[SatNews] In the years since the 9-11 attacks, unmanned aircraft—“drones”—have become the signature combat system of America’s global war against terrorists. According to the Air Force, its fleet of Predator and Reaper unmanned aircraft flew an average of 1,000 hours per day last year over places like Iraq and Afghanistan, generating full-motion video and other reconnaissance that has become crucial to coalition military operations. The joint force routinely uses Reaper, a hunter-killer drone, to take out terrorists and insurgents where they hide because of its ability to loiter for many hours above suspected sanctuaries until enemies show themselves.
Such exploits have spawned widespread speculation that one day unmanned systems will dominate warfighting, taking the place of traditional combat systems not just in the air but on the ground and beneath the sea. For instance, Navy Secretary Ray Mabus recently told an audience that “unmanned systems, particularly autonomous ones, have to be the new normal in ever-increasing areas.” Mabus believes the F-35C fighter his service is developing will be the last manned fighter to fly off carrier decks.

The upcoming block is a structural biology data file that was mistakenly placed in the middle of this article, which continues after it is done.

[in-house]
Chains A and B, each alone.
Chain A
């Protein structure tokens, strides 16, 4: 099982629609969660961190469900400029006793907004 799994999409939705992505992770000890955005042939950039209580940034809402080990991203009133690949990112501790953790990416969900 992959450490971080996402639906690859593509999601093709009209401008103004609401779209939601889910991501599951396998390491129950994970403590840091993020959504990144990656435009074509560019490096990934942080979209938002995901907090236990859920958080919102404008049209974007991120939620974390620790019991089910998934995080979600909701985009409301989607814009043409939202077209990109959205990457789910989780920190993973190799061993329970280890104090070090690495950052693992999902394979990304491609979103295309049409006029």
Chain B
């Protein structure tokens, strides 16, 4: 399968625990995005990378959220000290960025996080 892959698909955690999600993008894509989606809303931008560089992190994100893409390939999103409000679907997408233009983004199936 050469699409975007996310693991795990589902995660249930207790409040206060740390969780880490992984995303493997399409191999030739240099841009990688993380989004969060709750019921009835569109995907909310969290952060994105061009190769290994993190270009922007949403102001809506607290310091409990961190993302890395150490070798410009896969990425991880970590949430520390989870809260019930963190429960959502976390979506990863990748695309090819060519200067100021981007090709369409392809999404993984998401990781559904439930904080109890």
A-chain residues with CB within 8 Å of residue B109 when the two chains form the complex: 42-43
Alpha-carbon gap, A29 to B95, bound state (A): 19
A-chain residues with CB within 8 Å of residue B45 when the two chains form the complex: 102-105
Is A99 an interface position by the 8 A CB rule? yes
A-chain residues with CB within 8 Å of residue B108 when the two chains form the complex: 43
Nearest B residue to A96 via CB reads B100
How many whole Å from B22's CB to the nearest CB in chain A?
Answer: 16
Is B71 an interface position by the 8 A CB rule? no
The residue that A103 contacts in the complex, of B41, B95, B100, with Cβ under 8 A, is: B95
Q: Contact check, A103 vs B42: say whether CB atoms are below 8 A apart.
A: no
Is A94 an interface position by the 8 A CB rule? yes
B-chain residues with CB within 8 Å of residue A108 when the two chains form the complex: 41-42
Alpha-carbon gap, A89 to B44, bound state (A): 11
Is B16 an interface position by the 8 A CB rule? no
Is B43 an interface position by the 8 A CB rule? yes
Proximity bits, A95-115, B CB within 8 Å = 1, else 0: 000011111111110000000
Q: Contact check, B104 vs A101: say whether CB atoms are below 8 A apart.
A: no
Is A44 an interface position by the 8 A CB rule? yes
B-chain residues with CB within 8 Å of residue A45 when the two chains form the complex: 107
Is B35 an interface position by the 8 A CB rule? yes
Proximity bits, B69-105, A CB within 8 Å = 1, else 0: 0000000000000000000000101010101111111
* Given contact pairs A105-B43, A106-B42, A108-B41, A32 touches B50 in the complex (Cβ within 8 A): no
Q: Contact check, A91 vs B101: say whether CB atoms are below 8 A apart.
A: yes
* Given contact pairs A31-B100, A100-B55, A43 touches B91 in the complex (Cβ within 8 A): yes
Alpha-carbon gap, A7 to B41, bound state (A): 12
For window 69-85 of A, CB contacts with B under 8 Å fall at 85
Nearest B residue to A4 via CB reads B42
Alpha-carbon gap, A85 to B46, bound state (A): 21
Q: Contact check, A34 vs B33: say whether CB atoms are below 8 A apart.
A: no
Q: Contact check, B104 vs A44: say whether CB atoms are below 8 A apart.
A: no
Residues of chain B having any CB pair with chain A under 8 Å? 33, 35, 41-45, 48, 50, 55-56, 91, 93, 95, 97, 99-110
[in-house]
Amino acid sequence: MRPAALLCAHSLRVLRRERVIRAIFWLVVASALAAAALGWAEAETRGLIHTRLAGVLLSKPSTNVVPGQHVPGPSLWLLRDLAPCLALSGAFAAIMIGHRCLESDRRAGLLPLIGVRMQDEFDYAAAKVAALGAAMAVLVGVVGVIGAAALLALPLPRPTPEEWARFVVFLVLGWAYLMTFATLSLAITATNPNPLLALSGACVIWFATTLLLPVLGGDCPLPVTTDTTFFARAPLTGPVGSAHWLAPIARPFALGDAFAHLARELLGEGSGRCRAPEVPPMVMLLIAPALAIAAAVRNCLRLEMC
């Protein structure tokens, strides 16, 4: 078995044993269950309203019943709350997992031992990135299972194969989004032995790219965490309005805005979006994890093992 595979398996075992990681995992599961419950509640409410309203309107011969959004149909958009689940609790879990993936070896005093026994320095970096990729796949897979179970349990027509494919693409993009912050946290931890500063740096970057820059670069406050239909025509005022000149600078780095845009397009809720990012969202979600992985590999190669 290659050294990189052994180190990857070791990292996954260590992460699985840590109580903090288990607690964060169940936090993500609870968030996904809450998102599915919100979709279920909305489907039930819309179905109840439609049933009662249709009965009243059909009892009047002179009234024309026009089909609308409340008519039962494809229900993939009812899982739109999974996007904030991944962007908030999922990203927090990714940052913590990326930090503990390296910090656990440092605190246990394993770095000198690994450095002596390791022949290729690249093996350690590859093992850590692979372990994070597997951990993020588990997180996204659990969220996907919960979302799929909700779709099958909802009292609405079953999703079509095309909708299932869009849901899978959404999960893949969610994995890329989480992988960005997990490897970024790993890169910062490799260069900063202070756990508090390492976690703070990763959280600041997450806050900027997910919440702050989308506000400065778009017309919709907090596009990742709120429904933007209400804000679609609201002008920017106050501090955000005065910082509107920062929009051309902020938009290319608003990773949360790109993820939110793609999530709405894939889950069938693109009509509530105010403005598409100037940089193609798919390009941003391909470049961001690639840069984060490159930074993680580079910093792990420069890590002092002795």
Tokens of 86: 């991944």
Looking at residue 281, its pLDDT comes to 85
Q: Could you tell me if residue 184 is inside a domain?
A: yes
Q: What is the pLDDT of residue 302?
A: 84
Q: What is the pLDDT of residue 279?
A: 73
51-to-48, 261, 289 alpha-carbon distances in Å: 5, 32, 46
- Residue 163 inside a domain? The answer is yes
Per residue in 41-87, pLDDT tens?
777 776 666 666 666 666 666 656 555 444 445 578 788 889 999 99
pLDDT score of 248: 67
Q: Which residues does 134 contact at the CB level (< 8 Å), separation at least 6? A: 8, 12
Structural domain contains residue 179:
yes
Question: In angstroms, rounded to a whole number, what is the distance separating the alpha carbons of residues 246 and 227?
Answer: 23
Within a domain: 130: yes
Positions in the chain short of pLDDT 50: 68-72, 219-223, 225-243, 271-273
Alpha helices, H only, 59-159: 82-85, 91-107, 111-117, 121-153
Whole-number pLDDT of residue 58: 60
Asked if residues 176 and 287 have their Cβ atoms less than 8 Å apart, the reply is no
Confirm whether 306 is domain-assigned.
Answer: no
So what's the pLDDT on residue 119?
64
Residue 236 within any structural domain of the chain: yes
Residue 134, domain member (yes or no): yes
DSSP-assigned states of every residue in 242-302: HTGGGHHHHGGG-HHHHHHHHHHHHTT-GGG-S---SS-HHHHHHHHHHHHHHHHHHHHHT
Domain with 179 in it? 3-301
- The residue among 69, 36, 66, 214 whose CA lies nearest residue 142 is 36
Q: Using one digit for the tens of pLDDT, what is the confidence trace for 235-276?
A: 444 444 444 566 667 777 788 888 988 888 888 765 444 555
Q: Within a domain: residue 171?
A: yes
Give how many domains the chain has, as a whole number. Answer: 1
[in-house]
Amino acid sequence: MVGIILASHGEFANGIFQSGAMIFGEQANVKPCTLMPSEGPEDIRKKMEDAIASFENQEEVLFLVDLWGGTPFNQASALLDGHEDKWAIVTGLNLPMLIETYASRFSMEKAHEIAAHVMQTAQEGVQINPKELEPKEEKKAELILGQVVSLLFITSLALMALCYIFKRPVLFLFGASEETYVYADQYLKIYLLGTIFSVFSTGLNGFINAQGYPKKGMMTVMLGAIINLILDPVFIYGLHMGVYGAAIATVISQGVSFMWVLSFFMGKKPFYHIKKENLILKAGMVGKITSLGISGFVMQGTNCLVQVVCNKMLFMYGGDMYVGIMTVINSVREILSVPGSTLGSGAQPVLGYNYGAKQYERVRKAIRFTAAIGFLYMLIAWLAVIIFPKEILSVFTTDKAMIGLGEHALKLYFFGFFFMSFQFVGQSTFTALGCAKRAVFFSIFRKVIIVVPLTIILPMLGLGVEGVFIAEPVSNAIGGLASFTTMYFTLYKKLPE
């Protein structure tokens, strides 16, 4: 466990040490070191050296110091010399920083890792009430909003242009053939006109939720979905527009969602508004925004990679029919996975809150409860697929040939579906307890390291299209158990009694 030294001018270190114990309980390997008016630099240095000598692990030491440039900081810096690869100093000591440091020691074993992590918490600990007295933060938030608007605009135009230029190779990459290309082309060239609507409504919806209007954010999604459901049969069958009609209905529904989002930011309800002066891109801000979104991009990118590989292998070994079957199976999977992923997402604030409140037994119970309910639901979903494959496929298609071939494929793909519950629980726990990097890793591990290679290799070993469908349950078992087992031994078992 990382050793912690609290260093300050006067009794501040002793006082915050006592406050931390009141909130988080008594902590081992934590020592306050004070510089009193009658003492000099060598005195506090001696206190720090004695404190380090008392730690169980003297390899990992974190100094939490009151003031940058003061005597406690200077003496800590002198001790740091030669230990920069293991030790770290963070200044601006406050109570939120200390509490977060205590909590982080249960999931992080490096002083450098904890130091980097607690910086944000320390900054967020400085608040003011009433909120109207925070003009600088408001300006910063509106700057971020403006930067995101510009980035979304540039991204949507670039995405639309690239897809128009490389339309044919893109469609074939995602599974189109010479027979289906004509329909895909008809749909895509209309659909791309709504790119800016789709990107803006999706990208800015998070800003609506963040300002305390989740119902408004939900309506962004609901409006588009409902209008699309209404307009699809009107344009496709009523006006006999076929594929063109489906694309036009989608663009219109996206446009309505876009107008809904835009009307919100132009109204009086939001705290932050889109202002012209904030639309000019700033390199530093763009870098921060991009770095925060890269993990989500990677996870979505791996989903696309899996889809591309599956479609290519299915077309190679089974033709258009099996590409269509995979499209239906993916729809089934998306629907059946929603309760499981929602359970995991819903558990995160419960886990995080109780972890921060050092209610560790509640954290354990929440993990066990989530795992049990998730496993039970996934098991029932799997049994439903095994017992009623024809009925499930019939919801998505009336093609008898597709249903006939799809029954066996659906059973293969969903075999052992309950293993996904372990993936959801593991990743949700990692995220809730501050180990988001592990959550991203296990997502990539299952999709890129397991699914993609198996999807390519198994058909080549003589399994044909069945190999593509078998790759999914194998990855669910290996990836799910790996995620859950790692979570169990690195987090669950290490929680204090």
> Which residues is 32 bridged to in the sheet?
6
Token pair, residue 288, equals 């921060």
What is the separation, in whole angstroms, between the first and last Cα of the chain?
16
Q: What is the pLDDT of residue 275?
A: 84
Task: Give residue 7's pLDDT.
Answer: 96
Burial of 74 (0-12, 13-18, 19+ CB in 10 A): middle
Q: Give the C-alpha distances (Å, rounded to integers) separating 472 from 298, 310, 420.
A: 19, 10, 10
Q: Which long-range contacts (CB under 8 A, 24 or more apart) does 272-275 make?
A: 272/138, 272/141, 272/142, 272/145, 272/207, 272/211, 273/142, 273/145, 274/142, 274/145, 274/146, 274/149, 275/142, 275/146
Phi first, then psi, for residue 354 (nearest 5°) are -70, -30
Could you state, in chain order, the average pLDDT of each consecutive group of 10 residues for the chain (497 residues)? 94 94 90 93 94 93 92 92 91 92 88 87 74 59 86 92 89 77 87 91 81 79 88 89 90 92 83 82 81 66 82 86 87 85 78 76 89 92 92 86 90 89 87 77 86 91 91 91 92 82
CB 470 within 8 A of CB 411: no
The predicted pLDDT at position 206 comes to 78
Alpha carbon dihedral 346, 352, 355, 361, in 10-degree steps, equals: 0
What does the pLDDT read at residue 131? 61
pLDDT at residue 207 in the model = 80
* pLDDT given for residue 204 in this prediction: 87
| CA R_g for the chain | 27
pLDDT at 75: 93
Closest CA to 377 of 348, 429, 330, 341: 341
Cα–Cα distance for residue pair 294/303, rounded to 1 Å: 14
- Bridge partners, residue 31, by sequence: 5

Maybe so, but before the drones take over, there will have to be some big improvements in unmanned-vehicle technology. Craig Whitlock of the Washington Post reported earlier this year that most of the 269 Predator drones the Air Force bought over the last 20 years have crashed, which is a pretty dreadful performance considering the fact that the enemies against which they are used lack air forces or air defenses. And in the process of crashing, Whitlock notes, the drones frequently “are spilling secrets about U.S. military operations.” When a Predator crashes nearby, it’s an unambiguous signal to jihadists they are being watched—one which usually leads them to change tactics.
There are plenty of other problems with current military drones. They can’t operate when the weather is bad. They use up vast amounts of scarce bandwidth communicating with their remote pilots and transmitting reconnaissance. Ground crews require specialized training and equipment. And, surprisingly, they sometimes have higher personnel costs than manned alternatives. James Drew reported at InsideDefense.com on March 12 that the Air Force’s Global Hawk surveillance drone has a higher “unit personnel cost” than the manned U-2S spy plane, due to maintenance and other requirements.